THIS IS SCIENCE: Experiments you can do at home with your kids
Goo (or non-Newtonian fluid)
For this month's This is Science, we went to the Chicago Children's Museum, where Laura Wurzburger and Chelsie Burdine helped me make goo.
As with all good experiments, we ran into a snag. The two parts glue and one part starch did not come together quickly enough. Perhaps it was the way I was doing it - squishing it through my fingers rather than kneading it with my palms - or perhaps it was something in the air making things moister. We ended up having to add a little glue. The opposite can also happen - you may need to add starch if it's too thick.
The bottom line is, don't worry if it's not going exactly as you think it should. Stand back and reassess, and you will be fine.
It would also be great if you could share your experience by commenting below, or videotaping yourself and your child(ren) making the goo. We will post it online.
The goo we make, as Laura points out, is not liquid and it's not solid, but it sort of has the properties of both. The proper name is Non-Newtonian Fluid, and we are surrounded by them in our everyday lives.
Not all non-Newtonian fluids act in the same way, and often act differently depending on whether they're moving. You can test this with your goo by constantly moving it with your hands. Observe how it acts like a solid, not losing its shape. Then just stop moving your hands. Observe how quickly the goo seems to melt and lose its shape.
Unlike water, you can walk on non-Newtonian fluids. But don't stop, or you will sink fast. These guys filled a pool with a mix of cornstarch and water (sometimes called Oobleck - from a Dr. Seuss book) and show clearly how motion keeps them up and stillness makes them sink.
Non-Newtonian Scavenger Hunt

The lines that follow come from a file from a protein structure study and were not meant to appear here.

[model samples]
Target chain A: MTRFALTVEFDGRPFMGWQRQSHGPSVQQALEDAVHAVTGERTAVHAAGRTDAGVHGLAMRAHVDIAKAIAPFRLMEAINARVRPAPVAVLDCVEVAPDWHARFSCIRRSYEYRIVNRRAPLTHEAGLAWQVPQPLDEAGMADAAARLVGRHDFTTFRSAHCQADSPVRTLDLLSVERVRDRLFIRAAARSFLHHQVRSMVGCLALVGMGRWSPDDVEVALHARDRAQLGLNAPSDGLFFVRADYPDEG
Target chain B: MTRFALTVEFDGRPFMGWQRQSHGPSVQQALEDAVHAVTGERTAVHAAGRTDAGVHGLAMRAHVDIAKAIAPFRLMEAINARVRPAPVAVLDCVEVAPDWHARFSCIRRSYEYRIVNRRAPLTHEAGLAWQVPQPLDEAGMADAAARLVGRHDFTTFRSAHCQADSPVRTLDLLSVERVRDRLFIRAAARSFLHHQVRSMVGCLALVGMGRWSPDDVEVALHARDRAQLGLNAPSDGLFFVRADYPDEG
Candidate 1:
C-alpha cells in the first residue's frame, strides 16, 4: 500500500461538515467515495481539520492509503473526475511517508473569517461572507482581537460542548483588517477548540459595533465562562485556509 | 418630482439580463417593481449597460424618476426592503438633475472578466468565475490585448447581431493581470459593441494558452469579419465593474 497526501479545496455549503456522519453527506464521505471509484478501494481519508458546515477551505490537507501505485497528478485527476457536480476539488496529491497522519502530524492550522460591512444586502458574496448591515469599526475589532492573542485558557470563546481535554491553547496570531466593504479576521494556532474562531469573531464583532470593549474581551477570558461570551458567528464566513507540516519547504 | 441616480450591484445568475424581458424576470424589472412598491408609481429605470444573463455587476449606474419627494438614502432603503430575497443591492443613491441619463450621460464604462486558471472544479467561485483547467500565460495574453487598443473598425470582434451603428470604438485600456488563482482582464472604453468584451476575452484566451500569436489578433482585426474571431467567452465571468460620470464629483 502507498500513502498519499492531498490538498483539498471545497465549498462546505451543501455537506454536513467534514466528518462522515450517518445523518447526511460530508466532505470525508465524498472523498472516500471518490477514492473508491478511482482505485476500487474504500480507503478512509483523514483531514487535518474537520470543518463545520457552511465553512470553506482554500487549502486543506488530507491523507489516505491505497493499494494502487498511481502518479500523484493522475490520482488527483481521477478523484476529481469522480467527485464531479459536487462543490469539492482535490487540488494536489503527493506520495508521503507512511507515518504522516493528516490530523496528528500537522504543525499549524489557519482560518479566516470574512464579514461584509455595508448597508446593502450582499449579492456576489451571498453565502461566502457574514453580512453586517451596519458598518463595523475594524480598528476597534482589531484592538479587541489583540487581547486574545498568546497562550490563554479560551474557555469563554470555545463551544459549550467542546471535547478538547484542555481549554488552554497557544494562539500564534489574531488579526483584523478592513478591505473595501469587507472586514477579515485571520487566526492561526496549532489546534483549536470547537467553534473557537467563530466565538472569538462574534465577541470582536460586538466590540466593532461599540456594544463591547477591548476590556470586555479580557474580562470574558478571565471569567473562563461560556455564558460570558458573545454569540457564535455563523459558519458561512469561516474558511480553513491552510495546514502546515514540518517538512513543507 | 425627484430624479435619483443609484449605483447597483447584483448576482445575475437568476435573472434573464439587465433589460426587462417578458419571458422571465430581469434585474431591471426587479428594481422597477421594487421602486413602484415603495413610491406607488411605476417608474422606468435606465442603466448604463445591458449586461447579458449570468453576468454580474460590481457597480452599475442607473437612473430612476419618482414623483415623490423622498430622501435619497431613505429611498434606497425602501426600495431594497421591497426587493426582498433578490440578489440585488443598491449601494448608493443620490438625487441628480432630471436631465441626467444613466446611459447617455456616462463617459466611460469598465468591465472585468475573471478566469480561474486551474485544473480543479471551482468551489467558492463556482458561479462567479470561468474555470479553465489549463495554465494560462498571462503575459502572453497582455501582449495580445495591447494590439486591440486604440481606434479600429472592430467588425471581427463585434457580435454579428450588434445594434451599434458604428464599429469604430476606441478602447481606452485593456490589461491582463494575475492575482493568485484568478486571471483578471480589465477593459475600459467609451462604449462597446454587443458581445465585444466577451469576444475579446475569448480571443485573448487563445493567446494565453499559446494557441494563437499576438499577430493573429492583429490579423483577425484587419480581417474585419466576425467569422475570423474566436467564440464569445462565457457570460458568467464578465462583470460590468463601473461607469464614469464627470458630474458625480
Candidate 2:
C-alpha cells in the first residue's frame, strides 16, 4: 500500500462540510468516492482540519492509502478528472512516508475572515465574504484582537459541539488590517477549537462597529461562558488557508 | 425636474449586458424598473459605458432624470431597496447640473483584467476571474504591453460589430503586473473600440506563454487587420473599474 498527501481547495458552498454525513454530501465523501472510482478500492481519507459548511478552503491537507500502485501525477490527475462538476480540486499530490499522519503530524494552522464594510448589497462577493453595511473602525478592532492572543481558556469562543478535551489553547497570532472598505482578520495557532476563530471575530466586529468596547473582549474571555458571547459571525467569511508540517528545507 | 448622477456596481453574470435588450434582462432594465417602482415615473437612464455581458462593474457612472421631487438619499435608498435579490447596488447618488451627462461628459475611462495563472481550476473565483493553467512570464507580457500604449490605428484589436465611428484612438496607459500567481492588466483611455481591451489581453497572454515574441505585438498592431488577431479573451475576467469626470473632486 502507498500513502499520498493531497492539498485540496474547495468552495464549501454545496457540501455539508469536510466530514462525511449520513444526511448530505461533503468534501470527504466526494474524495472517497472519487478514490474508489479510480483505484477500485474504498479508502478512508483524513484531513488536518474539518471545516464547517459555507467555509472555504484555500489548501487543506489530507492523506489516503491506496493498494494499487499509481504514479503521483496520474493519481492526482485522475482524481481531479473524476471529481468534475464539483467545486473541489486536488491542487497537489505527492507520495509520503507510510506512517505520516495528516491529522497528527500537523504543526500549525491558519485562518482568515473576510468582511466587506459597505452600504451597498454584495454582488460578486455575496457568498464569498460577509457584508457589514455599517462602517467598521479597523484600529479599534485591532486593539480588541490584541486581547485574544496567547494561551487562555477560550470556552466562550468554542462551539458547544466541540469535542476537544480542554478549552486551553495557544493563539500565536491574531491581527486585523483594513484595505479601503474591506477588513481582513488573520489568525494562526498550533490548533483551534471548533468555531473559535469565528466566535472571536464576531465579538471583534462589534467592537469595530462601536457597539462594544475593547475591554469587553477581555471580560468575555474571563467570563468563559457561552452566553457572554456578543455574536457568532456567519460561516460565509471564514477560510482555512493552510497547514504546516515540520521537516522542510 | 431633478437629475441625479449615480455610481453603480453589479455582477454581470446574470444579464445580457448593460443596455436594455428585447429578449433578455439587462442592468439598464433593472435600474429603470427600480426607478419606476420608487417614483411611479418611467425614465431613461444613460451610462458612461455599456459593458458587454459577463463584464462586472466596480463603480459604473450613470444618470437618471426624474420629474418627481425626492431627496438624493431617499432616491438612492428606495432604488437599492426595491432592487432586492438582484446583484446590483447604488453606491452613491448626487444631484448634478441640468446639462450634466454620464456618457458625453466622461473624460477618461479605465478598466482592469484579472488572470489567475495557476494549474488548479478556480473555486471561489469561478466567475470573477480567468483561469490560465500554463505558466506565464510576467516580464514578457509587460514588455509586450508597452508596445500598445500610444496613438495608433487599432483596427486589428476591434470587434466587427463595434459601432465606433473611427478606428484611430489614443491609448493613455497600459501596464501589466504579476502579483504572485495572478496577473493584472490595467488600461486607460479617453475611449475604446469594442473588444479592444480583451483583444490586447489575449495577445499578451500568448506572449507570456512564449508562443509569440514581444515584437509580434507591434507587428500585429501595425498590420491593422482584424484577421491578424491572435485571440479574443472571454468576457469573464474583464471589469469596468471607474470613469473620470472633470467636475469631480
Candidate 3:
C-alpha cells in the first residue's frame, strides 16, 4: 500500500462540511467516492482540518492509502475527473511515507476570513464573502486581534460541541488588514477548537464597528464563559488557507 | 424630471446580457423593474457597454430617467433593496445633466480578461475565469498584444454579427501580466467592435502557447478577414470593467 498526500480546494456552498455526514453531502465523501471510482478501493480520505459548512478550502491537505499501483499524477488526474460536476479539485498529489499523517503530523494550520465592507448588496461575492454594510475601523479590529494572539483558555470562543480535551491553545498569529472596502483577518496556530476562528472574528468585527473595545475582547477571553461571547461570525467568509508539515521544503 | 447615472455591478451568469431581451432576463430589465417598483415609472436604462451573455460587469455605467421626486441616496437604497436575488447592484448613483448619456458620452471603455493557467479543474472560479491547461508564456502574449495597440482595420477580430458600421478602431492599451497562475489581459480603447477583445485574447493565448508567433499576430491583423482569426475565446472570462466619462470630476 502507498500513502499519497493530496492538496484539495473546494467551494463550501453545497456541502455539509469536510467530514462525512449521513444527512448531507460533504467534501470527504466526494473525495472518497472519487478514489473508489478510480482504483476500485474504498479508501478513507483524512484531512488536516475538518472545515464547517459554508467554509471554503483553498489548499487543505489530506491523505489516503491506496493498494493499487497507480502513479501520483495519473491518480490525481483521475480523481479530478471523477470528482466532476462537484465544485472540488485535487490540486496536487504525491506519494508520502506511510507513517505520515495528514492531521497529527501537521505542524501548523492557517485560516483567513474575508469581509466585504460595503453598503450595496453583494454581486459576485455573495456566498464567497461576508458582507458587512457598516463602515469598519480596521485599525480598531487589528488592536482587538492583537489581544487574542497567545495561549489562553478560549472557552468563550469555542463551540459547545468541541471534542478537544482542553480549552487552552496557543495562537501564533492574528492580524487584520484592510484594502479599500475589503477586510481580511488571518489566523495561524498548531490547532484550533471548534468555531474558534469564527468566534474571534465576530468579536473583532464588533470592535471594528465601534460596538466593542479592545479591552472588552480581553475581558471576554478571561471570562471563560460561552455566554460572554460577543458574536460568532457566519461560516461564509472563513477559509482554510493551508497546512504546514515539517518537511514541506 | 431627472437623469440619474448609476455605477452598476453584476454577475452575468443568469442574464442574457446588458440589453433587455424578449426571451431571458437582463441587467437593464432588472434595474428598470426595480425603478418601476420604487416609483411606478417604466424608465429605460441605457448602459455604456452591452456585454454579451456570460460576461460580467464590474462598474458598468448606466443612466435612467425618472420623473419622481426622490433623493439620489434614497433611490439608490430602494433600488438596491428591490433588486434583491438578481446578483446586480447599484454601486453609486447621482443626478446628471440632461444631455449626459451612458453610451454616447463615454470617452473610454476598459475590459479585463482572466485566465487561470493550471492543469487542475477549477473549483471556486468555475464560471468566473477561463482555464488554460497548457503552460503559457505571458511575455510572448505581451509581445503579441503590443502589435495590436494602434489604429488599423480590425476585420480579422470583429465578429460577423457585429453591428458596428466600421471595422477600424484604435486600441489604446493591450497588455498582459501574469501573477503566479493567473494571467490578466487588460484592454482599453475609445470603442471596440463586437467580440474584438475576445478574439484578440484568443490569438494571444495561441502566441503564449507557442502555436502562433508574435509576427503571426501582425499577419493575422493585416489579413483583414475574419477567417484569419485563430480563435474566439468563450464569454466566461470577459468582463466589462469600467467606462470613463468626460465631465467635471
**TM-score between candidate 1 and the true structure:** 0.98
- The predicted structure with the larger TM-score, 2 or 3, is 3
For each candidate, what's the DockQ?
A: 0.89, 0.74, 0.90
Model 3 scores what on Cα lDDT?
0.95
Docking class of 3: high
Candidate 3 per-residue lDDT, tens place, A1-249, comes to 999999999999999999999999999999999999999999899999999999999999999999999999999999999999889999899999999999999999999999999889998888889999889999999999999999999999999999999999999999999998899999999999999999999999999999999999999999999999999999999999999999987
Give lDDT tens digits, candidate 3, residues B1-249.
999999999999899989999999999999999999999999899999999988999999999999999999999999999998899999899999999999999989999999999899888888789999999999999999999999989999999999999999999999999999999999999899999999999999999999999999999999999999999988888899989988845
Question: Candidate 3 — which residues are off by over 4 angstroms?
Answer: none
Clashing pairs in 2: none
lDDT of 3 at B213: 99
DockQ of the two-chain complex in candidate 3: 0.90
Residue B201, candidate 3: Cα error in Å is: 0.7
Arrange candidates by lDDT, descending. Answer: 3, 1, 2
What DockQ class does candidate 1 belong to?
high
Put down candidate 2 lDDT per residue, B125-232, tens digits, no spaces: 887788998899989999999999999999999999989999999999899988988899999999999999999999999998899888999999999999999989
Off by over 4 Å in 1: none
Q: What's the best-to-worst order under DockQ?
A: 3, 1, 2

There are lots of non-Newtonian fluids in your house. Some are more runny than others, but they all have uneven flow when poured. A great way to teach your kids to identify non-Newtonian fluids is to have a scavenger hunt. Here are some clues you can use:
This red substance makes everything good to eat.
Pour it on fries or hot dogs, or broccoli for a treat.
Pour this on pancakes, but don't get picky.
If you stick your fingers in it, you will get sticky.
Too much sugar and you'll have to brush out.
This minty stuff will make your mouth happy, no doubt.
Fingers and brushes turn this into art.
Tell mommy you love her, and make a big heart.
For milk that is chocolatey, or eating ice cream,
this topping makes dessert a sweet dream.
This squishes your hair up into all sorts of things.
Make it look like a crown and pretend you're a king.
But be careful of dripping, or your eyes will sting.
Other non-Newtonian household fluids are:
- custard or pudding
- caramel topping (as opposed to the chocolate from the rhymes above)
- liquid soap
You can also bake some bread with your child. That dough is definitely a non-Newtonian fluid.
Of course, you can buy non-Newtonian fluids like Silly Putty or Play-doh, but it's more fun to make it at home.
And, to distract your child from the pain, the next time he or she gets a cut, explain as you're putting on the bandaid that blood is also a non-Newtonian fluid.
Here's a really great website that explains both Newtonian and non-Newtonian fluids.
(Answers to rhymes: ketchup, syrup, toothpaste, paint, chocolate syrup or sauce, shampoo.)
For the month of April, This is Science is turning flowers different colors - just like when your tongue turns purple when you drink grape juice. It's simple chemistry, in which molecules that are alike follow one another up the stem of the flower, like liquid in a straw. Try it at home and see what colors you can make.
Making simple sound effects and musical instruments
This month on This is Science!: Make simple sound effects or musical instruments. Perfect for rainy days and little kids. Good for older kids' first science project. Experiment and play! Thanks to the beautiful Children's Museum in Oak Lawn for their hospitality and ideas.
Egg drop inertia experiment at Museum of Science and Industry
This is Science! ChicagoParent.com's new video series in which we do a science experiment or demonstration that you can do at home. This month, we start with the Museum of Science and Industry, where we make eggs drop into a glass of water. This experiment is primarily testing Newton's First Law of Motion, which is, "An object in motion tends to stay in motion, while an object at rest tends to stay at rest." (OK, since there was a force used to move the eggs, we were testing out the Second Law of Motion a bit, too.)